On April 22nd, the journal Protein and Cells published a paper describing the first known example of genetic engineering of a human embryo. It was an exploratory study conducted on non-viable embryos (they would have never been able to give rise to an adult human being) and the experiments were only partially successful. Regardless, the publication of this study is immensely relevant because it means we have now crossed a line, and applied genetic engineering to humans.
The technology that has allowed this major scientific breakthrough is called CRISPR/Cas9 and it has revolutionized the world of genetic engineering. The aim of genetic engineering is to generate genetically modified organisms (GMOs) by manipulating their DNA to eliminate, modify or introduce genes. These changes are permanent, and will be passed on to the descendants. Genetic engineering is broadly applied nowadays to generate plants fortified with vitamin A, for example, or plants resistant to herbicides. In health science, GMOs allow scientists to reproduce and study the biology and treatments of a disease by reproducing it in mice and other animals (for a concrete example see “Additional explanations 1”, below). However, the enormous complexity and technical limitations of the process have historically precluded its direct application to human health. Until now.
The CRISPR/Cas9 technology allows us to quickly and easily modify one or multiple genes at the same time in an efficient and specific way. This is in stark contrast to the traditional method of creating GMOs, which required months to generate one with a single genetic modification and years to model a complex disease like cancer, which often requires the combination of several modifications. With CRISPR/Cas9 what used to take years can now be done in a matter of weeks. This is why CRISPR/Cas9 brings the possibility of genetically modifying human beings much closer. The potential therapeutic applications to genetic diseases are endless. We could get rid of damaged genes or add genes which could protect us from infections or cancer. In the study I mentioned above, for example, CRISPR/Cas9 was applied to replace the damaged genes associated with a blood disease called thalassemia with functional ones, which could potentially cure the disease. (See the schematics and the additional explanations below if you are curious about the fundaments of CRISPR/Cas9).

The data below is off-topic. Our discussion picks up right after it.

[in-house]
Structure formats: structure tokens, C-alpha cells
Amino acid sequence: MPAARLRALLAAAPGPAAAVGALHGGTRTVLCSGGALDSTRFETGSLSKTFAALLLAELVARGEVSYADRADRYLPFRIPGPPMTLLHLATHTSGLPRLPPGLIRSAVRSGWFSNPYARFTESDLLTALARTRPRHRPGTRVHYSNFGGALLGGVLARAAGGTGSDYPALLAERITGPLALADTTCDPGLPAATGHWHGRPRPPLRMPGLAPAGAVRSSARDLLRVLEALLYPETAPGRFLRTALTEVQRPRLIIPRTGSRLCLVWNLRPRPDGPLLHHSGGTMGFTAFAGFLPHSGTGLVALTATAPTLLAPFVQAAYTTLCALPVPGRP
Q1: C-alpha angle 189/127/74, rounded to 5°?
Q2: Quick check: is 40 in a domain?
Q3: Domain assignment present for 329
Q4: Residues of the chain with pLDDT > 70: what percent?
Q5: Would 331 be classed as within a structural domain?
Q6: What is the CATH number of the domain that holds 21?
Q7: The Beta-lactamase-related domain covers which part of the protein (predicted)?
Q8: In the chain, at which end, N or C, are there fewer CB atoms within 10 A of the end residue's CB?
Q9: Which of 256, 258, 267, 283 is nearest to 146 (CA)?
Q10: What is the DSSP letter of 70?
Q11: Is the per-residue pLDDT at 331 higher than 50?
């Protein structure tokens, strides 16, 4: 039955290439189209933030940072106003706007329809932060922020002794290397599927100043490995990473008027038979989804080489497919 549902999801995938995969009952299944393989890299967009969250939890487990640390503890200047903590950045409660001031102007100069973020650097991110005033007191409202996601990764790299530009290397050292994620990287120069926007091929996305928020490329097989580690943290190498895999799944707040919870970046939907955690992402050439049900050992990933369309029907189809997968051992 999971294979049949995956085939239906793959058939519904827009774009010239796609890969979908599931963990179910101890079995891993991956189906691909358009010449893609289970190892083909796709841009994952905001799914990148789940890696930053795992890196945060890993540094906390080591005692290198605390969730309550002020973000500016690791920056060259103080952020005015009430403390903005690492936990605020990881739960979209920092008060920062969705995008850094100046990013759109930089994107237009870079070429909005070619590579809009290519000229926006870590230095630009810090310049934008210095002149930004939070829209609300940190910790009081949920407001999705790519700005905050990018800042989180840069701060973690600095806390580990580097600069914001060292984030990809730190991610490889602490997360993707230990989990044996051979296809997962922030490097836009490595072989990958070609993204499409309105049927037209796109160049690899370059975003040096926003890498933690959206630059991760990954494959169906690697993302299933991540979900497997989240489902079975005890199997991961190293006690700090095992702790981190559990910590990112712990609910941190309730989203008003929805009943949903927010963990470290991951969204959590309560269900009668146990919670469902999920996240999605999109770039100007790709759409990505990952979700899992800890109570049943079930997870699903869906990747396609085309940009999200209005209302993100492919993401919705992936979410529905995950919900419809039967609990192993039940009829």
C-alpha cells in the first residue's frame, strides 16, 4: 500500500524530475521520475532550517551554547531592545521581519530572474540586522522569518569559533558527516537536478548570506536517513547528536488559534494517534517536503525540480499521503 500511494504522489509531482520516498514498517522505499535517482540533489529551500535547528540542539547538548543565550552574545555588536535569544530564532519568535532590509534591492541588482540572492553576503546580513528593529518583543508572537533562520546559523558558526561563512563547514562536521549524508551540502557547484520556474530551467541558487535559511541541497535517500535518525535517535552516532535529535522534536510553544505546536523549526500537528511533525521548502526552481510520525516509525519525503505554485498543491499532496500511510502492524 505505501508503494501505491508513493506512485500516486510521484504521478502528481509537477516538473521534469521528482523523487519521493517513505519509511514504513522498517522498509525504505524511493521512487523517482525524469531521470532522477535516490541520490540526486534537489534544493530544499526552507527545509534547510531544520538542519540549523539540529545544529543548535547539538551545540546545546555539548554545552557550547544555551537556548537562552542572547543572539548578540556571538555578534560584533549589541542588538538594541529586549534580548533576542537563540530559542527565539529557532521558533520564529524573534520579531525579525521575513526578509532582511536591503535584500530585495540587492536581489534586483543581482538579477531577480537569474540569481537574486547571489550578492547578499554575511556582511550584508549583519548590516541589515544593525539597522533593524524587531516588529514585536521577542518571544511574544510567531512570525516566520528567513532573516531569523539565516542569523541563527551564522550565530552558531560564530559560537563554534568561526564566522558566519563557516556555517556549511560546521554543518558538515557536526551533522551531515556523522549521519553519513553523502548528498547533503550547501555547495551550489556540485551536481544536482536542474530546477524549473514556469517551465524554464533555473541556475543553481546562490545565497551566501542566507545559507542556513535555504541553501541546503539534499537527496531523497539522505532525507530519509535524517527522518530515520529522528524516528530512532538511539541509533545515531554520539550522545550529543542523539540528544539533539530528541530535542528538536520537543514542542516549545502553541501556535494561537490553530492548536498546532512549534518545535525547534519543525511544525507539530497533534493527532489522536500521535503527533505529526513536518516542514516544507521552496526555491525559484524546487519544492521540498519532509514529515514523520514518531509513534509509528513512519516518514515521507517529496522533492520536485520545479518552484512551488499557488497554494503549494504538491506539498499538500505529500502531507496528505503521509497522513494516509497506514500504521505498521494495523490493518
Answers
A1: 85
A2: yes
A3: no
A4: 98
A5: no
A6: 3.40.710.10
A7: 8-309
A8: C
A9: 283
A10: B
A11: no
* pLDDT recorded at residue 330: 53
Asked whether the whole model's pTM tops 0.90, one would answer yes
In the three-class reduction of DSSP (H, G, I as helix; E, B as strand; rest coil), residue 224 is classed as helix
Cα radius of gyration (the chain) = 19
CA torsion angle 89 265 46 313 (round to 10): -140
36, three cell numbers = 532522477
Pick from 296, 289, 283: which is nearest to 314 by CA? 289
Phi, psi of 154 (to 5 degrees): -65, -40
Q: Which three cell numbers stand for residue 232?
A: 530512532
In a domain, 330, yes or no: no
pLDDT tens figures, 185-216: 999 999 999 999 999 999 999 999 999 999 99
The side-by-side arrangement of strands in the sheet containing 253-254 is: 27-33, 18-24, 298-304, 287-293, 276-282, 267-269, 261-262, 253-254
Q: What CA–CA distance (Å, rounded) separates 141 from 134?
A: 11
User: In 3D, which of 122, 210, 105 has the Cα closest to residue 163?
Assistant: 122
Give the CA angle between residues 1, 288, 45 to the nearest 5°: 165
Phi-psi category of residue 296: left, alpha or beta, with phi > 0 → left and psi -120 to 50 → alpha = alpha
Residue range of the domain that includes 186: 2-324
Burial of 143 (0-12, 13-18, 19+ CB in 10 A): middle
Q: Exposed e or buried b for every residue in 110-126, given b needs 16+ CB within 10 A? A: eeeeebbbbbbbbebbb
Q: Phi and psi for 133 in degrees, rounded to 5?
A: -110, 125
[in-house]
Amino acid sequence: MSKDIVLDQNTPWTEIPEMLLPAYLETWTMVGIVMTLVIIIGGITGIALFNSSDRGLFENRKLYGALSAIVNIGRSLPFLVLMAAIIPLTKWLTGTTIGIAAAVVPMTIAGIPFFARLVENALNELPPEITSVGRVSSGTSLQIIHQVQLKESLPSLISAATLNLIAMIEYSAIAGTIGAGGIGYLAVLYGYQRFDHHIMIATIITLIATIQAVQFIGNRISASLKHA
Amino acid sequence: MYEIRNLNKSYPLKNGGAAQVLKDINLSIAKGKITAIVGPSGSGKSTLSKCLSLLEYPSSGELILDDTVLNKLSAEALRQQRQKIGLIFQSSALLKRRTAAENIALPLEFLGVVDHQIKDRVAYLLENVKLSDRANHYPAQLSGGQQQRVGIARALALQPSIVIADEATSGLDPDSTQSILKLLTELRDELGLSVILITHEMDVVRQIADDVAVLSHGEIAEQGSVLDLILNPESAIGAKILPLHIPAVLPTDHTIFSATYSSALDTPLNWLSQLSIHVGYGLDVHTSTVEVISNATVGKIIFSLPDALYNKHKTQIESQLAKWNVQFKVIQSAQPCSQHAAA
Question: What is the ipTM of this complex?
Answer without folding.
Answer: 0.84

Considering the speed with which this technology is developing, it is inevitable that this approach will be repeated in the coming months and years. Already our capabilities with this technology have outstripped our understanding of it, and of the human genome. Our current knowledge of the function of the human genome is still very limited, and so even straightforward modifications could have unanticipated consequences. Taking into account that these modifications would be passed to our children, our responsibility is overwhelming.
Reaction to this study has been swift and vocal. Prior to its publication, several scientists and bioethicists wrote an open letter (published in the journal Science), titled “A prudent path forward for genomic engineering and germline gene modification”. The main conclusion was that research using CRISPR/Cas9 should be encouraged as long as there is transparency, control and discussion every step of the way. Other mainstream media outlets were more critical calling for stringent controls. I can’t encourage you enough to read these articles and get familiar with this debate, because the question of how to take advantage of new biotechnologies in a prudent, rational and ethical way it is certain to be at the centre of political and bioethical discussion for years to come.